University of Hull logo

Children’s first experience of taking anabolic-androgenic steroids can occur before their 10th birthday: a systematic review identifying 9 factors that predict doping among young people

Nicholls, Adam R.; Bailey, Richard; Theodorou, Nikolaos C.; Andrés, Mar P.; Kristensen, Annemarie H.; Thompson, Mark A.; Mueller, David; Andres, Mar P.; Cope, Ed; Nicholls, Adam; Andrés, Mar Plata; Baumann, Wolfgang; Chanal, Benoit; Dumon, Detlef; Koenen, Katrin; Kristensen, Annemarie; Laurent, Jean-Francois; Müller, David; Saint Laurent, Delphine; Theodorou, Nikolaos; Thompson, Mark

Authors

Ed Cope

Wolfgang Baumann

Benoit Chanal

Detlef Dumon

Katrin Koenen

Jean-Francois Laurent

David Müller

Delphine Saint Laurent

Adam R. Nicholls

Richard Bailey

Nikolaos C. Theodorou

Mar P. Andrés

Annemarie H. Kristensen

Mark A. Thompson

David Mueller

Mar P. Andres

Abstract

Taking performance-enhancing drugs (PEDs) can cause serious and irreversible health consequences, which can ultimately lead to premature death. Some young people may take PEDs without fully understanding the ramifications of their actions or based on the advice from others. The purpose of this systematic review was to identify the main factors that predicted doping among young people. The literature was systematically reviewed using search engines, manually searching specialist journals, and pearl growing. Fifty-two studies, which included 187,288 young people aged between 10 and 21 years of age, 883 parents of adolescent athletes, and 11 adult coaches, who were interviewed regarding young athletes, were included in this review. Nine factors predicted doping among young people: gender; age; sports participation; sport type; psychological variables; entourage; ethnicity; nutritional supplements’ and health harming behaviors. In regards to psychological variables, 22 different constructs were associated with doping among young people. Some psychological constructs were negatively associated with doping (e.g., self-esteem, resisting social pressure, and perfectionist strivings), whereas other were positively associated with doping (e.g., suicide risk, anticipated regret, and aggression). Policy makers and National Anti-Doping Organisations could use these findings to help identify athletes who are more at risk of doping and then expose these individuals to anti-doping education. Based on the current findings, it also appears that education programs should commence at the onset of adolescence or even late childhood, due to the young age in which some individuals start doping.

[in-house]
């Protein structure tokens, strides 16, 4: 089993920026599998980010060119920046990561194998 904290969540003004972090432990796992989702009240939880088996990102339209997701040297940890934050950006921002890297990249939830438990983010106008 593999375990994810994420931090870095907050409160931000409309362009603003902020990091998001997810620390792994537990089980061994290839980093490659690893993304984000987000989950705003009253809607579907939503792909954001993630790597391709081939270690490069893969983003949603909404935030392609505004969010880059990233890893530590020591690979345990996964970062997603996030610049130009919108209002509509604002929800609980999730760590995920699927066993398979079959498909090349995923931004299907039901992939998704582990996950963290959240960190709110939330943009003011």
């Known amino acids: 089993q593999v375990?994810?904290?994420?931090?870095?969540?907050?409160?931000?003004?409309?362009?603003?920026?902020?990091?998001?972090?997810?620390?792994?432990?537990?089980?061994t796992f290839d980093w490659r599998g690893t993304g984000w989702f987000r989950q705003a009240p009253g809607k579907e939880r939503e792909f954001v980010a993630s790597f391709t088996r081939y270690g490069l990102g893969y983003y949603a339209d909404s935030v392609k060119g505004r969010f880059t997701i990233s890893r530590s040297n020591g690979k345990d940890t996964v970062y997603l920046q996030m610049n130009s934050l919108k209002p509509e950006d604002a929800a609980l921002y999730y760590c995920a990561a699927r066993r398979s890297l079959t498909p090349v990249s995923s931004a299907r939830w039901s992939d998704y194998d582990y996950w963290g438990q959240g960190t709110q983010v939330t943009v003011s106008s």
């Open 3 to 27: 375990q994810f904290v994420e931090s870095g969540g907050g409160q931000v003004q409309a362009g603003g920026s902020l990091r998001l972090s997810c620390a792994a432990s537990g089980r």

Journal Article Type Article
Publication Date Jan 1, 2017
Journal Frontiers in psychology
Print ISSN 1664-1078
Electronic ISSN 1664-1078
Publisher Frontiers Media
Peer Reviewed Peer Reviewed
Volume 8
Issue JUN
Article Number ARTN 1015
DOI https://doi.org/10.3389/fpsyg.2017.01015
Keywords Performance enhancing drugs, Gender differences, Age differences, Sports participation, Nutritional supplements, Nutritional supplementation, Entourage, Ethnicity, Health harming behaviours, Youth, Adolescents, Children, Exercise, Body image, Attitudes, A
Publisher URL http://journal.frontiersin.org/article/10.3389/fpsyg.2017.01015/abstract
Additional Information This is the authors' accepted manuscript of an article which has been accepted for future publication in: Frontiers in psychology, 2017, v.8

Files


You might also like


Downloadable Citations